Unlock the hidden potential in your coin collection with a 1964 Half Dollar. With a range in values from $9 to thousands of dollars, you could be sitting on a fortune without even knowing it. Take advantage of this opportunity and find out the incredible value of your coin now!

The 1964 half-dollar is exceptional because it commemorates the late President Kennedy. After his assassination, many people requested this coin to honor him. The U.S. mints struck this coin immediately after his death, and it was in circulation by January 1964. This article elaborates more about the 1964 half-dollar value and more!

How Much Is A 1964 Half Dollar Worth?

Coin collectors hoarded the half-dollar coins, resulting in the mints striking a total of 429,509,450. They are readily available at an affordable price. As of February 2023, NGC valued a 1963 Kennedy half-dollar at $11 in circulated condition.

The value of a 1964 half-dollar depends on the mint mark and the grading scale. Kennedy half-dollars with a mint mark are worth slightly more than those without. The first coins minted have a higher value due to their higher silver content.

1964 Half Dollar Value Chart

The value chart below shows the value of the Kennedy half dollars depending on the mint mark and the coin's condition.

Type of coin Good Very Good Fine Very Fine Extremely Fine  A.U. 50  MS 60 MS 65 PR 65
1964 no mint half dollar $9.19 $9.19 $9.19 $9.19 $9.19 $9.19 $10.54 $17 $19
1964 D mint mark half dollar $10.28 $10.28 $10.28 $10.28 $10.28 $10.28 $11.73 $19

Factors that Affect the Value of the 1964 Kennedy Half Dollar

Mint Mark. Only two mints struck the 1964 half dollar; the Philadelphia and the Denver.

  • 1964 “D” Mint Mark. The Denver mint struck a total of 156,205,446 coins. A coin in good condition values $10.48, while an MS 60 Uncirculated value is $26.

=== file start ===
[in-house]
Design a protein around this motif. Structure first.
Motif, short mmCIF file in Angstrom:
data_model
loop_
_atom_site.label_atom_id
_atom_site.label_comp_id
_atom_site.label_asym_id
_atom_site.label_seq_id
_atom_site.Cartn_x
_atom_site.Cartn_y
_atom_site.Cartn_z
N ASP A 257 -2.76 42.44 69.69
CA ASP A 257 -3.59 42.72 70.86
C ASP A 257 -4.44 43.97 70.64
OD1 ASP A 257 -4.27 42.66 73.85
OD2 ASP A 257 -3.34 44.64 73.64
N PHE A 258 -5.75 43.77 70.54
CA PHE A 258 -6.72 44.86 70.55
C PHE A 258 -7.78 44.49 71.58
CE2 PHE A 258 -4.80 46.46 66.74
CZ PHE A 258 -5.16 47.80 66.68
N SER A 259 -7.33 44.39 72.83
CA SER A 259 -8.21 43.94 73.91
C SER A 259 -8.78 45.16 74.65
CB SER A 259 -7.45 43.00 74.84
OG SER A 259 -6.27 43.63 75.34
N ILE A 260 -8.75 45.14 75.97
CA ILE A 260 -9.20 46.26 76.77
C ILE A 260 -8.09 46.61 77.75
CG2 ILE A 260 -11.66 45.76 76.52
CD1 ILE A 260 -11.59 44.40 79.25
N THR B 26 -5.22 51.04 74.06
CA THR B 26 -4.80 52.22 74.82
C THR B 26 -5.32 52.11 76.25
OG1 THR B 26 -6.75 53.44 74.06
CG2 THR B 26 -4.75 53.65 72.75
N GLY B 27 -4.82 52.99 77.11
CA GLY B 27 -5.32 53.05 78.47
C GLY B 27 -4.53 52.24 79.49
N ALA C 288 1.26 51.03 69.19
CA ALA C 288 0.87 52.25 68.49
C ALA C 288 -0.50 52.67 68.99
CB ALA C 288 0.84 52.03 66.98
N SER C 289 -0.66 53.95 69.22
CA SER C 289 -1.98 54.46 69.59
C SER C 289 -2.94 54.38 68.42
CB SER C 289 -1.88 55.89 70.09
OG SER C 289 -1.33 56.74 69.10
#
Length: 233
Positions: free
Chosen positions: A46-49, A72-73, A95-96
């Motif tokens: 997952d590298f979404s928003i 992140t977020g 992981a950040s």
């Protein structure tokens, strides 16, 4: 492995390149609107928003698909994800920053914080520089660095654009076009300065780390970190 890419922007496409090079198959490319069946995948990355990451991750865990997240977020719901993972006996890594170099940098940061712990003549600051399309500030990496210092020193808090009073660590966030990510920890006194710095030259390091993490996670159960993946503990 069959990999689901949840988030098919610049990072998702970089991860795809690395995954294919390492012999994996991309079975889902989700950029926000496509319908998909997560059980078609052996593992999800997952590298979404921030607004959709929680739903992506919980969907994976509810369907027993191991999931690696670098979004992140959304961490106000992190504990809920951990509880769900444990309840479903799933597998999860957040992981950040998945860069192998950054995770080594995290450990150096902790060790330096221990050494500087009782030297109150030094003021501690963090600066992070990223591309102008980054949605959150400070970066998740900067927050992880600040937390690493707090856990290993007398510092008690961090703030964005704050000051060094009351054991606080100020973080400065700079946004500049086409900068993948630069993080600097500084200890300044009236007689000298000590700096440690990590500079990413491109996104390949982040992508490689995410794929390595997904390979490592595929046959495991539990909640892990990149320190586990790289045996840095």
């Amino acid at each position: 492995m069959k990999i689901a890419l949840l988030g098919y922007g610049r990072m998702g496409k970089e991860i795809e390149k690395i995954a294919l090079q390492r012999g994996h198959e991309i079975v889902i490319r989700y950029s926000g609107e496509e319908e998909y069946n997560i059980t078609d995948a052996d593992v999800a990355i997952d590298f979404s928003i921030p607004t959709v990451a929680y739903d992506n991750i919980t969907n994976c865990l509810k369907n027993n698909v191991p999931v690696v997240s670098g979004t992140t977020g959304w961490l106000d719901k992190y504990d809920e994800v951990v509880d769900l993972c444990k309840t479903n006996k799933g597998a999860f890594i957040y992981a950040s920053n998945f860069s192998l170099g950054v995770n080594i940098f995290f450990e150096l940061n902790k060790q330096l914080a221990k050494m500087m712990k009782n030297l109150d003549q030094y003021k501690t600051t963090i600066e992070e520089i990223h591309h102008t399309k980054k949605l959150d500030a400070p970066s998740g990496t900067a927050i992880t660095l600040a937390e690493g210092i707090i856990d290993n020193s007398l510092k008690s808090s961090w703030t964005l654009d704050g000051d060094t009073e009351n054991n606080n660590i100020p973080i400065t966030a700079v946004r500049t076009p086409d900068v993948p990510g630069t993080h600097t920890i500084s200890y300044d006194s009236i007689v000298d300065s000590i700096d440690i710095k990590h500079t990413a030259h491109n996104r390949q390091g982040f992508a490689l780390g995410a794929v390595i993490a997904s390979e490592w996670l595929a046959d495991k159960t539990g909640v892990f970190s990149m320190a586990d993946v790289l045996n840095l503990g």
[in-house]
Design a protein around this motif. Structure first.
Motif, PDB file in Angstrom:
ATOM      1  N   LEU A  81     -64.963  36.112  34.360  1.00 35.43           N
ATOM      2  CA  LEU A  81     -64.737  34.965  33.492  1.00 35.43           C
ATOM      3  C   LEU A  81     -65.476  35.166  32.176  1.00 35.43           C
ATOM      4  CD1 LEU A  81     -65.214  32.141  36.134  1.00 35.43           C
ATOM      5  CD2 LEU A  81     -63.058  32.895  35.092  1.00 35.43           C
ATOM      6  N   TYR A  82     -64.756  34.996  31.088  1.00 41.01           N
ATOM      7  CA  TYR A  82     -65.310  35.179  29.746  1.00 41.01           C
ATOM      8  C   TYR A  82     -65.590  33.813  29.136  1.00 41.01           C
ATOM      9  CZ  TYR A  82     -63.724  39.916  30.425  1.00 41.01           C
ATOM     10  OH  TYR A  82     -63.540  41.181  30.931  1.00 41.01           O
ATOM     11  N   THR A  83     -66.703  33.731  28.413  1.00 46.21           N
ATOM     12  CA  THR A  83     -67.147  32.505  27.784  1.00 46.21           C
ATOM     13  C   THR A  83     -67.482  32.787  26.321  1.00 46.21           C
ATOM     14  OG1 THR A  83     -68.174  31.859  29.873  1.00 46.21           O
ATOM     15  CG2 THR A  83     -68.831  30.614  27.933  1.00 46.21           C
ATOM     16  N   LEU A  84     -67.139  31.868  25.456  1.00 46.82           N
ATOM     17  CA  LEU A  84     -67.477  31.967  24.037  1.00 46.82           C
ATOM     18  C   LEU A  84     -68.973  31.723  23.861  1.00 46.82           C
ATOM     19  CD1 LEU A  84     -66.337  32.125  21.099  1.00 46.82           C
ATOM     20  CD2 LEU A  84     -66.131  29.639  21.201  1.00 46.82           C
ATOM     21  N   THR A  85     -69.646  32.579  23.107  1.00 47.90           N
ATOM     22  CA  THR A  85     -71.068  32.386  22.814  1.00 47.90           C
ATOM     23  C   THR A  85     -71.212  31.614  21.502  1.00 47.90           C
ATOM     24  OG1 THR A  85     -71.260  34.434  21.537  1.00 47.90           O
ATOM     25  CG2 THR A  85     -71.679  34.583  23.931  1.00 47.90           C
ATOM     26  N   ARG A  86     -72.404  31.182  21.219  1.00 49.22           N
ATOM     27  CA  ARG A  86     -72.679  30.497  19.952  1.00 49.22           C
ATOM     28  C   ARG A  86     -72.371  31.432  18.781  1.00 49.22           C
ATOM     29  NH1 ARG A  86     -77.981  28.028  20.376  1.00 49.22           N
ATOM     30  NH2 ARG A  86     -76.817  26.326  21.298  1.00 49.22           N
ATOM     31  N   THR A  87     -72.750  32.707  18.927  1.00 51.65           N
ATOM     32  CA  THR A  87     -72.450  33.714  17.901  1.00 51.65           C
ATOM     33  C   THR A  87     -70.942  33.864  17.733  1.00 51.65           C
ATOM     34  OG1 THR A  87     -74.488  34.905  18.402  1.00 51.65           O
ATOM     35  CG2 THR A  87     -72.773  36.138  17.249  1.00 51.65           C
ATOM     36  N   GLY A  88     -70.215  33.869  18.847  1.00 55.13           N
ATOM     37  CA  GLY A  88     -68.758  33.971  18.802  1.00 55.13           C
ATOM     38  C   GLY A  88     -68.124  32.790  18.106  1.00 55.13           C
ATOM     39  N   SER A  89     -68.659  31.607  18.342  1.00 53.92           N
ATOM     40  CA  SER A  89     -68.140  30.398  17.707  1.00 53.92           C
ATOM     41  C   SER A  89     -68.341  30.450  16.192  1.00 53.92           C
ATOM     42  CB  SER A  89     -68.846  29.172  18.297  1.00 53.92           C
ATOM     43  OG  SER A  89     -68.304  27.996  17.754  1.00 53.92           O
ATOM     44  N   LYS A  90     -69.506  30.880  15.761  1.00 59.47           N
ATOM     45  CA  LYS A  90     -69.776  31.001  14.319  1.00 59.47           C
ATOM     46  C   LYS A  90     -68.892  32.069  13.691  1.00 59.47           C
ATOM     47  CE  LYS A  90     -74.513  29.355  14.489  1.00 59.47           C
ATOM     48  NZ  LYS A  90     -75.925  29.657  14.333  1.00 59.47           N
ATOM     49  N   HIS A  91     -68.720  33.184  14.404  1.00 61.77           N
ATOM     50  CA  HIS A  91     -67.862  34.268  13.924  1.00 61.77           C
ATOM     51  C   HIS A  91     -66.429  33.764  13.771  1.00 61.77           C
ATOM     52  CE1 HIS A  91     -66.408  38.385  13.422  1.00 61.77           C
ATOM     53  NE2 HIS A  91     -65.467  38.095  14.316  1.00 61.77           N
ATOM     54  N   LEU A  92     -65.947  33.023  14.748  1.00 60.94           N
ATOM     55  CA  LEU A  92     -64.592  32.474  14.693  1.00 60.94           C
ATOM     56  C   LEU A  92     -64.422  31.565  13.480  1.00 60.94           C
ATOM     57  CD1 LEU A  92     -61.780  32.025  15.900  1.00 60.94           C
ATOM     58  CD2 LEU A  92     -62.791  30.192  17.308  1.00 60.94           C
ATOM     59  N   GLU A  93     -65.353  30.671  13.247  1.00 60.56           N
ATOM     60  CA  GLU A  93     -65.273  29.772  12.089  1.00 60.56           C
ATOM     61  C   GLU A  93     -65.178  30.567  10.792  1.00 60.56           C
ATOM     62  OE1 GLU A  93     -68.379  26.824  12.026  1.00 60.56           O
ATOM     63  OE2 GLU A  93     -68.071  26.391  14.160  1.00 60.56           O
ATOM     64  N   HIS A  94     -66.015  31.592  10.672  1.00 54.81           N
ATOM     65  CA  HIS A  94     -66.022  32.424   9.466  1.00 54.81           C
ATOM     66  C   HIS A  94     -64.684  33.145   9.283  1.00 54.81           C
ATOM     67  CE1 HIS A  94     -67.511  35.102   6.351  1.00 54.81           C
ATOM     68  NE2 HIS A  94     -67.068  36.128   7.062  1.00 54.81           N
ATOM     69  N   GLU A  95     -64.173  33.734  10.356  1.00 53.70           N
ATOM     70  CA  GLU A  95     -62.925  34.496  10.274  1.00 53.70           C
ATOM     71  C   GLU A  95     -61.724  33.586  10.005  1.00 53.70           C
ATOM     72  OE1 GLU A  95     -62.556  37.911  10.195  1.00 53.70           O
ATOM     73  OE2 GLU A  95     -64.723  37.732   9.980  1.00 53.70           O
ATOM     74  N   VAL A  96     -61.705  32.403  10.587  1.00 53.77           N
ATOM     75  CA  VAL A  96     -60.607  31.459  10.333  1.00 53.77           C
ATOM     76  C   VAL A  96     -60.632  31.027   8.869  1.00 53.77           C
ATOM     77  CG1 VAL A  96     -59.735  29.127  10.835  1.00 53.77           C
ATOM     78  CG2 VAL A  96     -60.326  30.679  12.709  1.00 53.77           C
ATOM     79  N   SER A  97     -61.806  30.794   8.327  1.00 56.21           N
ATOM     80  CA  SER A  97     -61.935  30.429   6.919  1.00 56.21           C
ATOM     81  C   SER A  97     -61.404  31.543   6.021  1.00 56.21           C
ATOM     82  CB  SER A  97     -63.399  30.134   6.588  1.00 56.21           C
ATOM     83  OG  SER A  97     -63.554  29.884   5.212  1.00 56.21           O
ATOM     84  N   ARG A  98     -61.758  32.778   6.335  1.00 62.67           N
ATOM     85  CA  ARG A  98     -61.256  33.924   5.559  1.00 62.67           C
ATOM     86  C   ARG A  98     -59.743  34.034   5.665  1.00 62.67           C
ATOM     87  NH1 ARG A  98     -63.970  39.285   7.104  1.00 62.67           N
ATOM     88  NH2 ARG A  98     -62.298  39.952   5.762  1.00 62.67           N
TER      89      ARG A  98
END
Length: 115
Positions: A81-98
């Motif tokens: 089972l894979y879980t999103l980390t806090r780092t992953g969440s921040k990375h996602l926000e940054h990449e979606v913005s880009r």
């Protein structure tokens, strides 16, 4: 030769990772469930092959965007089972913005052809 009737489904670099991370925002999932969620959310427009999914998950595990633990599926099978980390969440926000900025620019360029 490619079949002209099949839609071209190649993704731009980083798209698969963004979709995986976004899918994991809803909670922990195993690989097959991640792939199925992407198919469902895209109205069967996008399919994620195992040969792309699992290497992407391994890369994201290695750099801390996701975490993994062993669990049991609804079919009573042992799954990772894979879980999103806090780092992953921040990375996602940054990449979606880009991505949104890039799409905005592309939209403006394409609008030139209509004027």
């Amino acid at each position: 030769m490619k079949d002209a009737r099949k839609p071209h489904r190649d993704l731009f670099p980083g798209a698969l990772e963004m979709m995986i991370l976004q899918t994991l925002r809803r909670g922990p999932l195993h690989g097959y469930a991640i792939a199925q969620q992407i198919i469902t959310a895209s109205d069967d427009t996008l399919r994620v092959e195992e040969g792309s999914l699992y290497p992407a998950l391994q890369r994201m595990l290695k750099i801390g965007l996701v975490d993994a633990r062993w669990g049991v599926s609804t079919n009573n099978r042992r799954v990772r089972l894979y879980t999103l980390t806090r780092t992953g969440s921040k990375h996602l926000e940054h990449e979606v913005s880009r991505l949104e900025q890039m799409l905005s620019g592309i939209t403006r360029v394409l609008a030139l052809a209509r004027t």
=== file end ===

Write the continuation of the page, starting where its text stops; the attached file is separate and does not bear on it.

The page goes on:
• 1964 No Mint Mark. The Philadelphia mint struck 273,304,004 half-dollar coins and didn’t have a Mint mark. A coin in circulated condition has a value of $6.50, and $25 for one in excellent condition.

The condition of the coin. The quality of a coin determines its grade and value. A coin graded as “good” has the lowest rate and value, while those graded uncirculated M.S. have the best and highest value.

Variants of the 1964 Kennedy Half Dollar

1964 Kennedy Errors

1964 Kennedy Errors

Mint mistakes are an inevitable part of each coin series. This feature's uniqueness makes these coins so desirable to collectors. The significant errors of the 1964 half-dollar are:

  • The 1964 greatly accented hair. The hair on Kennedy's head is more pronounced on these coins.
  • Double strike and double die errors. This error occurs with the words “WE TRUST.” There's a slight doubling on top of the letters. In many instances, the “RTY” letters in “LIBERTY” also have a double strike.
  • Obverse Triple Die. In some 1964 Kennedy dollars, you may notice that the word “IN GOD WE TRUST” and “1964” are struck triple times on the obverse.

The 1963 Half Dollar Proofs